Kirkland's body hits the canvas in a way that doesn't look, sound, or feel good by any measure. Alvarez had already knocked Kirkland down twice in three rounds and connected on 60% of his power punches. To make matters worse, Canelo isn't even touched on the final blow—in fact, he ducks under Kirkland's left hook rather gracefully. 

Michael Gluckstadt: Golovkin Lands an Uppercut on Lemieux's Chin

It's possible other punches looked more devastating in slow motion, but this was the only moment in 2015 when I actually thought I might see someone's head removed from the rest of their body. Lemieux's head snapped back violently – his flopping hair contributing somewhat to the effect – and for a split second I thought I'd seen a Pez dispenser in the ring. 

HBO Boxing Podcast - Episode 89 - Ortiz vs. Jennings Postfight

HBO Boxing Insiders Eric Raskin and Kieran Mulvaney break down Luis Ortiz's dominant KO victory over Bryant Jennings this past weekend in Verona, New York.

Watch: HBO Boxing After Dark Highlights: Jennings vs. Ortiz & Walters vs. Sosa

Watch highlights from the Saturday, December 19 HBO Boxing After Dark doubleheader from Verona, New York featuring Bryant Jennings vs. Luis Ortiz and Nicholas Walters vs. Jason Sosa.

Real King Kong Is Real Deal as Ortiz Stops Jennings

Photos: Ed Mulholland

By Kieran Mulvaney

Even as Luis Ortiz had been blasting his way through recent opposition, two questions remained entering his contest Saturday with fellow heavyweight Bryant Jennings. That recent opposition had not exactly been stellar, so was his apparent knockout power sufficient to affect a man like Jennings, who had never been noticeably hurt as a professional and recently went 12 hard rounds with then-champion Wladimir Klitschko? And would he be able to cope if Jennings were able to take him past the opening few rounds, deeper into a fight than he has been in a while? The answer to both proved to be a resounding yes, as the Cuban émigré hurt Jennings repeatedly en route to dropping and stopping him in the seventh round of an excellent contest that saw the arrival of a genuine new star in the heavyweight firmament.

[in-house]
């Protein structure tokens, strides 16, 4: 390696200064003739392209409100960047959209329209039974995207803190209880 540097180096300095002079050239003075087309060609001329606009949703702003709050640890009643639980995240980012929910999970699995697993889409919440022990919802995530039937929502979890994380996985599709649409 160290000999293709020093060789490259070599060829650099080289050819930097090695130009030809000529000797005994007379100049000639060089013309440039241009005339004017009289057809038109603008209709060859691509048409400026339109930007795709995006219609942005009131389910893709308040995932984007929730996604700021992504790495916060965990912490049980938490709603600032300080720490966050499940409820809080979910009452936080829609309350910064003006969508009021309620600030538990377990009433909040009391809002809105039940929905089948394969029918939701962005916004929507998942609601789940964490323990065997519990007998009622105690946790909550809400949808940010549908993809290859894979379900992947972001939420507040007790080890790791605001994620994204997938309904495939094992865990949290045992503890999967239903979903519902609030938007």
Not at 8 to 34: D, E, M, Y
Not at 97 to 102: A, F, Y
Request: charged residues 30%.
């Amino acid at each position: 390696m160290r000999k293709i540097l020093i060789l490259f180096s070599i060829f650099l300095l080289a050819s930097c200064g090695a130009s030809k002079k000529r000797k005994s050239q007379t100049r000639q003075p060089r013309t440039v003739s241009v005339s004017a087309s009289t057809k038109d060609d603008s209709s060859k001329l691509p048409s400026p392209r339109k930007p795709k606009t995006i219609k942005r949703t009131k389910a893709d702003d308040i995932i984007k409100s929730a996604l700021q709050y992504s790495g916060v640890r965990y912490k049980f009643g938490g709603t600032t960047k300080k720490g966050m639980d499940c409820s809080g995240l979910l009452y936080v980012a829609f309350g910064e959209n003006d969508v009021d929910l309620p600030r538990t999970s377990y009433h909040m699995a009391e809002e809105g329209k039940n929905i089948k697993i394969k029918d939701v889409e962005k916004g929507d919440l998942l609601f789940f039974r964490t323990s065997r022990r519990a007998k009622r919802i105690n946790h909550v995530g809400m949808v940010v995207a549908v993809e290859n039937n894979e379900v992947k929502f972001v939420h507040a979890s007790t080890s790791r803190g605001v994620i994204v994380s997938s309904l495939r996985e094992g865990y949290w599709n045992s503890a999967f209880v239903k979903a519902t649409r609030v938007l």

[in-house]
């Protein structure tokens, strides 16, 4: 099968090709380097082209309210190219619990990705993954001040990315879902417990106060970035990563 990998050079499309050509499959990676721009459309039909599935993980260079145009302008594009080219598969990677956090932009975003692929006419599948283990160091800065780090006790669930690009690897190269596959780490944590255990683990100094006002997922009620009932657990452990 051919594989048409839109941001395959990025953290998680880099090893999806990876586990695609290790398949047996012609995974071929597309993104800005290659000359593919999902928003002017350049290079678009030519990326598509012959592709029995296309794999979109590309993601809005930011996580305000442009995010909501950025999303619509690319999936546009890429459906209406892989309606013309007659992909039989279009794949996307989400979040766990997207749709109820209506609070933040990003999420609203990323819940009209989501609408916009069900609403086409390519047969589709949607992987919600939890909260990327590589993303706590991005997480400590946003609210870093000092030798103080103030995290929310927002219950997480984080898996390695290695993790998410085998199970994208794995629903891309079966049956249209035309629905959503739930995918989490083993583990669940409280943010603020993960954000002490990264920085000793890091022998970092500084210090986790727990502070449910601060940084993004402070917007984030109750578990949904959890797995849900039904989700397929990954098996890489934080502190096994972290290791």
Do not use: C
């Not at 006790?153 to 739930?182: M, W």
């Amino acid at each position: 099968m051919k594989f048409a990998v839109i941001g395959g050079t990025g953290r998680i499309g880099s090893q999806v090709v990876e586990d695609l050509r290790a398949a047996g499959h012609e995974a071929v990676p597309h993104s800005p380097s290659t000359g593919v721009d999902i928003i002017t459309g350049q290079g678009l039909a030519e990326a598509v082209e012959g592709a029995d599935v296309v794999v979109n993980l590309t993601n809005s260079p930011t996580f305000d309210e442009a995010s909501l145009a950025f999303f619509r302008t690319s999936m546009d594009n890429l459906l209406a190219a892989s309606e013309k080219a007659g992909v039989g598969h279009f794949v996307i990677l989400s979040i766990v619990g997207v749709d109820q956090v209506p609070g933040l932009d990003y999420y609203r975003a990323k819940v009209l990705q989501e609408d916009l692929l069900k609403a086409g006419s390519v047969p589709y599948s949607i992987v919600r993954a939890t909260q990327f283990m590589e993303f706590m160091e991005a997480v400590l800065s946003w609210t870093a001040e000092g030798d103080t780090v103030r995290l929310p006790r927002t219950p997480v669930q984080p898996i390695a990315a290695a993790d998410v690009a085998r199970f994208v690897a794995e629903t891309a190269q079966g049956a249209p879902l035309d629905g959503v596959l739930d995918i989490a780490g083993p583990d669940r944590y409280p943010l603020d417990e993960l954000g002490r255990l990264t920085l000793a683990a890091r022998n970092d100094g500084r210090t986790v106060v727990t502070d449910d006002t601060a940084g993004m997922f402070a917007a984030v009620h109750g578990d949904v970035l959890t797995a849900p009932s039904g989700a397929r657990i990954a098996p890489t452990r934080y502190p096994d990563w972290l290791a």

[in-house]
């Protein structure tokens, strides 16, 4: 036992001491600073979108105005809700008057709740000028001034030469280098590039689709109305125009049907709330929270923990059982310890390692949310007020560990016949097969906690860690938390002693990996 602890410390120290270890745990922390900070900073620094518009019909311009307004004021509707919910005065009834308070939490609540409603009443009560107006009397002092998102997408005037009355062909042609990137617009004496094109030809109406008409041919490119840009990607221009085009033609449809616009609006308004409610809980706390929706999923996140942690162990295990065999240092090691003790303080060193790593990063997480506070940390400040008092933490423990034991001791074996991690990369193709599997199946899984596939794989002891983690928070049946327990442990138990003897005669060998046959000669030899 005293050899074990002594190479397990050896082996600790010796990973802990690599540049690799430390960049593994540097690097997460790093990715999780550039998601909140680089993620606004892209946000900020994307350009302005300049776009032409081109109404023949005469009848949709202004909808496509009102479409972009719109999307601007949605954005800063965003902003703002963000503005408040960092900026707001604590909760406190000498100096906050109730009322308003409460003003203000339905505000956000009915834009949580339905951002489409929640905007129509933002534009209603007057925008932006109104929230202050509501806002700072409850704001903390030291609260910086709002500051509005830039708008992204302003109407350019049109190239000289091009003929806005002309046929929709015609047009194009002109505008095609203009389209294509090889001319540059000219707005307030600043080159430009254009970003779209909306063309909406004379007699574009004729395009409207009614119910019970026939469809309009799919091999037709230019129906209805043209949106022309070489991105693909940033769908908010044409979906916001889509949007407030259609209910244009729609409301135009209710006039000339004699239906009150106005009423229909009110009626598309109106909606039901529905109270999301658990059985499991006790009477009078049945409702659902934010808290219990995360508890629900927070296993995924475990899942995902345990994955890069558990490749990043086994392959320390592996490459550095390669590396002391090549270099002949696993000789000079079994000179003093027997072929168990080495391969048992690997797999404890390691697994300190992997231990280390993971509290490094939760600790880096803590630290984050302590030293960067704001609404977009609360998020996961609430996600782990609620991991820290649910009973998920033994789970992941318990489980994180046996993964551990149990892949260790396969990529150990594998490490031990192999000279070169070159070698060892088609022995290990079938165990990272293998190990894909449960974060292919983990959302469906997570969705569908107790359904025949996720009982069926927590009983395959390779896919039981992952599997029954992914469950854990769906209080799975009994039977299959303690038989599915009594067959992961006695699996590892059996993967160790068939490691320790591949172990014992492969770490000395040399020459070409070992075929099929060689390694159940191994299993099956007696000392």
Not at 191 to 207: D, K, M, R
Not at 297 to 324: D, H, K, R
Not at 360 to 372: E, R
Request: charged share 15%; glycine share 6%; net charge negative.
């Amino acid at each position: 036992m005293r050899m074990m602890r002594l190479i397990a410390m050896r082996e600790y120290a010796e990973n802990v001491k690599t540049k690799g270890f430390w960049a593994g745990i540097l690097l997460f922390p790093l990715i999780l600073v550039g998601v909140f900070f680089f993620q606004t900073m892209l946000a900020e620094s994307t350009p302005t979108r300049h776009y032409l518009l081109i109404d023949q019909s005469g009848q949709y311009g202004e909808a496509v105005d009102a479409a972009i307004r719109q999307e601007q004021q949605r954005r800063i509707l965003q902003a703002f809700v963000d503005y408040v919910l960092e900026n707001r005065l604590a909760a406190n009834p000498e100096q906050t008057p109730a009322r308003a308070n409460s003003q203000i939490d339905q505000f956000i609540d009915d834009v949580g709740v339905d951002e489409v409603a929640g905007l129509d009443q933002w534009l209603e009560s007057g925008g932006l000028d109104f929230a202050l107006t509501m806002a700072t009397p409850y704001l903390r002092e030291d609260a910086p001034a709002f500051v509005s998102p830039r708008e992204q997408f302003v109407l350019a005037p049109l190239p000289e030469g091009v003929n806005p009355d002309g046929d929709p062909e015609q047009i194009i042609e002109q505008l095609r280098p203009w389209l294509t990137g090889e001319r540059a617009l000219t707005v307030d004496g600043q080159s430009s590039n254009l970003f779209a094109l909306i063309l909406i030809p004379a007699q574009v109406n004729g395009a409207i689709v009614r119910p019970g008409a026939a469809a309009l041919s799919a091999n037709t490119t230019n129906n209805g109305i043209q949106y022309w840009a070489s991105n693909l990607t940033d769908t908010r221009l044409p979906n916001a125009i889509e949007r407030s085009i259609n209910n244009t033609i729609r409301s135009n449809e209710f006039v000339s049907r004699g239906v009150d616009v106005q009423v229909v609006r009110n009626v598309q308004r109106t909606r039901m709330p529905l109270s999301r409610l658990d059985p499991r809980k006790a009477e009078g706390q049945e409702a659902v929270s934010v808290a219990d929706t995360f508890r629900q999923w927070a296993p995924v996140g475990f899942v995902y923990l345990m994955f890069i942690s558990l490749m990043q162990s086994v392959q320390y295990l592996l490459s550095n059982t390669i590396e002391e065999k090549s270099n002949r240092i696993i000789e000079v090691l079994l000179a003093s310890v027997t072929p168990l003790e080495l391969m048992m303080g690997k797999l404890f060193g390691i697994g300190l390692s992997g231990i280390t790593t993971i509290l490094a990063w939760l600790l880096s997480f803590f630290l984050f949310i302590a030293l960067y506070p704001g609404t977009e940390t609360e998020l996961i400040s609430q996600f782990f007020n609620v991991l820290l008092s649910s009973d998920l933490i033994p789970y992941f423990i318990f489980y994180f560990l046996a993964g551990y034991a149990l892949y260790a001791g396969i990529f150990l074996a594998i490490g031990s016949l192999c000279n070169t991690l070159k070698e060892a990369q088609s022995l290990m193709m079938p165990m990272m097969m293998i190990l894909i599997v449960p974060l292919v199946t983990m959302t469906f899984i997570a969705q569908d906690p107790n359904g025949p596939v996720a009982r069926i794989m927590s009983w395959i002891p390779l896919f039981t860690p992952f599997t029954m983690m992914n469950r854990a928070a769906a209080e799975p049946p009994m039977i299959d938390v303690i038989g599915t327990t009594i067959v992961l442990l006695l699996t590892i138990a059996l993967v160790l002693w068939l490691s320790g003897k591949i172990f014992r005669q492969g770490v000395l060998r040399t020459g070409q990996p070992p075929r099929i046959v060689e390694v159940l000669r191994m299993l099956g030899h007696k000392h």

Ortiz, 24-0 (21 KOs) with 2 no contests, served notice early that his power was genuine when he rocked Philadelphia’s Jennings in the opening round with a short right hook. Jennings walked backward into a corner, where Ortiz calmly pursued him in search of a finish, mixing up punches and hurting his opponent again with another hook. Jennings survived the round but his legs looked unsteady at its end.

Which made the American’s performance in the second round that much more impressive: undeterred by the battering of the opening three minutes, he came forward with intent, working in close, digging to the body and following up with short uppercuts that landed effectively. Ortiz regained the initiative in the third when another left sent Jennings staggering toward the ropes; but in the fourth, Jennings was back again, placing his head on Ortiz’s chest, smothering the Cuban’s punches and snapping his head back with more uppercuts.

Jennings’ recovery was sufficient to prompt Ortiz to bounce on his toes and circle Jennings from a distance in the fifth and sixth, pumping out a jab and keeping his foe at range. Jennings, 19-2 (10 KOs), was able once more to get Ortiz seemingly where he wanted him in the seventh, the fight being contested anew at close quarters, but suddenly Ortiz flashed a left uppercut of his own that sent Jennings crashing face first to the canvas. The American somehow managed to haul himself to his feet and beat the count, but another right hook sent him sagging into the ropes, a left hand knocked him backward, and referee Richard Pakozdi intervened to stop the contest at 2:41 of the round.

“He’s a fighter who deserves much respect,” said Ortiz of his beaten foe. “Not everybody goes 12 rounds with Klitschko. I have my training, I have my schooling and obviously I’m going to go out and attain my objective. Everyone has to take me into consideration as a heavyweight. I deserve to be in line to be one of the best.”

“I underestimated his pedigree,” conceded Jennings. “I was fighting pressure with pedigree. I wasn’t on my game and he got the best of me. He started to box a little more. I should have slowed it down and listened to my corner.”

At the end of Nicholas Walters’ super featherweight battle with Jason Sosa, ringside opinion was uniform. Sosa had been strong, game and brave, and he had done more than enough to hang tough and push the Jamaican in every round. But he had barely won a single frame, if indeed he had won any at all. HBO’s unofficial official, Harold Lederman, scored it 99-91 for Walters; several ringside actually had it wider.

And then the scores were read out. And by scores of 96-94 – for Sosa – and two scores of 95-95, the bout was judged a majority draw.

“I’m in total shock,” exclaimed Walters afterward. “I can’t believe it. I was in total control of the fight. He’s a good fighter, but I was never in danger, I was never hurt. It was an easy fight.”